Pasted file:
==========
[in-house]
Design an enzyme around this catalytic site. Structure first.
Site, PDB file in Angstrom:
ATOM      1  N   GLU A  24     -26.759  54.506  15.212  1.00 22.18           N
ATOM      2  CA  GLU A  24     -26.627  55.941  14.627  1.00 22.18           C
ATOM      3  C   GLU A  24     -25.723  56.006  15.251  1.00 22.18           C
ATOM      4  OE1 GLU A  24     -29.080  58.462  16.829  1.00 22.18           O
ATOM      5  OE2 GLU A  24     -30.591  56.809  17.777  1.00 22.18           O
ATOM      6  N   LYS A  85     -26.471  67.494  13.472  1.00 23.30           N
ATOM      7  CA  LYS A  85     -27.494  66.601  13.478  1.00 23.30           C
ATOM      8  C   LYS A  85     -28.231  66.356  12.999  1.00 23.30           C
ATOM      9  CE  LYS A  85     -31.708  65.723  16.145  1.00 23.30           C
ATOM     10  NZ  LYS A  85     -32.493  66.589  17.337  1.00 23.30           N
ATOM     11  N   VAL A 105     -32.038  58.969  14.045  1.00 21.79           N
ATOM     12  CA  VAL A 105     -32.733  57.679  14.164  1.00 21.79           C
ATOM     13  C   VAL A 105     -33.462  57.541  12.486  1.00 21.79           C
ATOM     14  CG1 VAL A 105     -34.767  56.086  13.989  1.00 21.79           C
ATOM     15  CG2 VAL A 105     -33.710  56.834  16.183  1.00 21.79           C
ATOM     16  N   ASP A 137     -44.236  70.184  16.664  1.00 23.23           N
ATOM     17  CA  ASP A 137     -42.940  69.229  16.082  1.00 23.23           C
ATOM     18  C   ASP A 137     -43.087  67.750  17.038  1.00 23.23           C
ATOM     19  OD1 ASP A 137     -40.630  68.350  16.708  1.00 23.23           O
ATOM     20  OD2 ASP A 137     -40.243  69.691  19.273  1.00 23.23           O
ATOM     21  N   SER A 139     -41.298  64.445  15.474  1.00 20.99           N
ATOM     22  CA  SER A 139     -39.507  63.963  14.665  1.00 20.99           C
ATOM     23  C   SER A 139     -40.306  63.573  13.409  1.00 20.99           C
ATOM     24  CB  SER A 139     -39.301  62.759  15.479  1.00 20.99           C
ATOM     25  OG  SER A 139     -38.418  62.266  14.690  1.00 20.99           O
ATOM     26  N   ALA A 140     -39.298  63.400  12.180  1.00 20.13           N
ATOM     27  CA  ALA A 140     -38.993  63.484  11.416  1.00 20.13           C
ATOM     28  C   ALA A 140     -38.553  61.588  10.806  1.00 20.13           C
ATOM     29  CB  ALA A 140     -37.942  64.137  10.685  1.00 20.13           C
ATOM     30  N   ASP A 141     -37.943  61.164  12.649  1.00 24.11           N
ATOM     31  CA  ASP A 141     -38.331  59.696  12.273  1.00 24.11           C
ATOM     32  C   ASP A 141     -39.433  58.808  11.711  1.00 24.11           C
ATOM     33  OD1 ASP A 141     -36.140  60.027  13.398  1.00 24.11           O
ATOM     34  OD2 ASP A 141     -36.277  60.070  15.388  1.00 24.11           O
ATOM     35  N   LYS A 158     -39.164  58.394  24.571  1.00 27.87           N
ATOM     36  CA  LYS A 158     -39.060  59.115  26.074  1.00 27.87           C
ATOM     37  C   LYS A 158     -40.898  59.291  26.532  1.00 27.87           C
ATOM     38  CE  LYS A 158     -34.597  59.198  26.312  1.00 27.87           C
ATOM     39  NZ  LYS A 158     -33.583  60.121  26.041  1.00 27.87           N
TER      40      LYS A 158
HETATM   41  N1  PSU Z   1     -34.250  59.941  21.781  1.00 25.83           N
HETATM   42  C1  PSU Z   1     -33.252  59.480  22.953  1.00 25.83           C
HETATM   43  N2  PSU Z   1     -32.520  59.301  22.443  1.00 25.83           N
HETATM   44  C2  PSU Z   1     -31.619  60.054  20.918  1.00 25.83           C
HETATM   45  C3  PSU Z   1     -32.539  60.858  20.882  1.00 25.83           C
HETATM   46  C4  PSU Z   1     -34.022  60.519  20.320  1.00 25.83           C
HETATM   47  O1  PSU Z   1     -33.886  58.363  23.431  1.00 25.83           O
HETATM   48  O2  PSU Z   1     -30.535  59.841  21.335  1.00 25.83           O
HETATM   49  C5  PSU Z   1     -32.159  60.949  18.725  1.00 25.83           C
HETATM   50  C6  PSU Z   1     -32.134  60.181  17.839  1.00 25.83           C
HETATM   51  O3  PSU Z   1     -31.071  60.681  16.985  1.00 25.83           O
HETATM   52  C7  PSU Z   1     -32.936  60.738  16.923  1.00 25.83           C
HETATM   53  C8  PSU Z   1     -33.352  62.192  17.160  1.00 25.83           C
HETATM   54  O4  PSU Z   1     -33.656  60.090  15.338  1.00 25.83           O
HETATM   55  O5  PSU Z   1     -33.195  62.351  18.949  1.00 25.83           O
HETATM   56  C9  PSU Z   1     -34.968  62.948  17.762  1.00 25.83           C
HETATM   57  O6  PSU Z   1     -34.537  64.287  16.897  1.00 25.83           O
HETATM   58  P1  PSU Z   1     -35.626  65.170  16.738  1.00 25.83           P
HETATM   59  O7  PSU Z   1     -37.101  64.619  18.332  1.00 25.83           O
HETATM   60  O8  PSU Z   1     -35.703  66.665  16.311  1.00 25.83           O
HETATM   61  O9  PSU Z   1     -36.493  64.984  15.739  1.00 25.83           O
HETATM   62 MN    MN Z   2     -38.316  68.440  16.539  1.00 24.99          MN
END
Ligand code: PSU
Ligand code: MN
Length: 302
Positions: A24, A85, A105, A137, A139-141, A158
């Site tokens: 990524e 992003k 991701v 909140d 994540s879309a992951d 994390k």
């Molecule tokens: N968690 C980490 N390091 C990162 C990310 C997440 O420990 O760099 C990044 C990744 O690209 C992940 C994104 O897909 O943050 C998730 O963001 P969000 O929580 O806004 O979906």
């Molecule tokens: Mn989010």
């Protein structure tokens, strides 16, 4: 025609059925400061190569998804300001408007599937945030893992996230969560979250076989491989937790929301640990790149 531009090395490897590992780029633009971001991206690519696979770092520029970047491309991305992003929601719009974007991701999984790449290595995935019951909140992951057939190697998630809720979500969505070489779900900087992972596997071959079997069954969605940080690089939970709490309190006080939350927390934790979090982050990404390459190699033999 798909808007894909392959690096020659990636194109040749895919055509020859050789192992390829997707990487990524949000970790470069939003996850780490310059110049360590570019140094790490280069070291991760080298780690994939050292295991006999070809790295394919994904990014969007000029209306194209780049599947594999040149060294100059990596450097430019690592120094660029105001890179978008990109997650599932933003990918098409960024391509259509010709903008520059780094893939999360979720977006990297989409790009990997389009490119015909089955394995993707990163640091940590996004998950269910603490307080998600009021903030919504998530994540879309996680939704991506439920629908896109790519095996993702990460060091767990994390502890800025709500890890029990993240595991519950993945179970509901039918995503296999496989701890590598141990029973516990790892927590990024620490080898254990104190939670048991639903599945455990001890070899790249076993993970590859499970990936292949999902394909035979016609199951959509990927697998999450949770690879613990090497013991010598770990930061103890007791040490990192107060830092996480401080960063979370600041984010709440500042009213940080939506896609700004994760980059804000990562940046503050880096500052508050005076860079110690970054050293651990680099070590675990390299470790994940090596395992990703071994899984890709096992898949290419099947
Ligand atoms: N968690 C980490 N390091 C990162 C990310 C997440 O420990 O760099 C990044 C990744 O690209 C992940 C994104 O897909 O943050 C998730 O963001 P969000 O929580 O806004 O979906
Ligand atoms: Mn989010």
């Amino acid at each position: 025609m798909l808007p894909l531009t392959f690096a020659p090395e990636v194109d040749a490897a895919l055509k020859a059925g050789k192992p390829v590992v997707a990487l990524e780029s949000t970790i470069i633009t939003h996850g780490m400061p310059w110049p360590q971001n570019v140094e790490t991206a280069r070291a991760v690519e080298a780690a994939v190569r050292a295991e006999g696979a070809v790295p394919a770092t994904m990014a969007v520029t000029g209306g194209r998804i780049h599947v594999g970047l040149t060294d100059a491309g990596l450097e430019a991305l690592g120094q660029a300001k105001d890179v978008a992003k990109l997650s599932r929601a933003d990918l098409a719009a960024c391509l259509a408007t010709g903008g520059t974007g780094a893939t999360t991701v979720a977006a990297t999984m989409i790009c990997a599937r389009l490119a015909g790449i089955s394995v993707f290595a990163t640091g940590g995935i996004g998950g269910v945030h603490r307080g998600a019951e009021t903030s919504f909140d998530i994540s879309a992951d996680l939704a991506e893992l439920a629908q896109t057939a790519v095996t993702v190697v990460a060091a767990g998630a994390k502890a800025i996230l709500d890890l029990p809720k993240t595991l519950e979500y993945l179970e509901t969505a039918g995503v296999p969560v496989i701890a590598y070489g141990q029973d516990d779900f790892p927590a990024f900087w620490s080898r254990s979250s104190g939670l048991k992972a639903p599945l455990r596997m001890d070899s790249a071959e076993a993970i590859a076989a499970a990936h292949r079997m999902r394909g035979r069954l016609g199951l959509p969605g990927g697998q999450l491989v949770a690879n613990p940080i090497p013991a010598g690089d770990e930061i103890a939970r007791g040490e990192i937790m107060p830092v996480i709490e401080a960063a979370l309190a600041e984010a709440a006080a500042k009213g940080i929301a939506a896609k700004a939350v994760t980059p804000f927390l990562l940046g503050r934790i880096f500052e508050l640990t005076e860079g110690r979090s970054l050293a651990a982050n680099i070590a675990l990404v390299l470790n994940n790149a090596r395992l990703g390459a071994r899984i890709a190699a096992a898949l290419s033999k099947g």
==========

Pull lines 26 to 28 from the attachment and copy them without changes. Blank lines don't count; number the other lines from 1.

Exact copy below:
ATOM     23  C   SER A 139     -40.306  63.573  13.409  1.00 20.99           C
ATOM     24  CB  SER A 139     -39.301  62.759  15.479  1.00 20.99           C
ATOM     25  OG  SER A 139     -38.418  62.266  14.690  1.00 20.99           O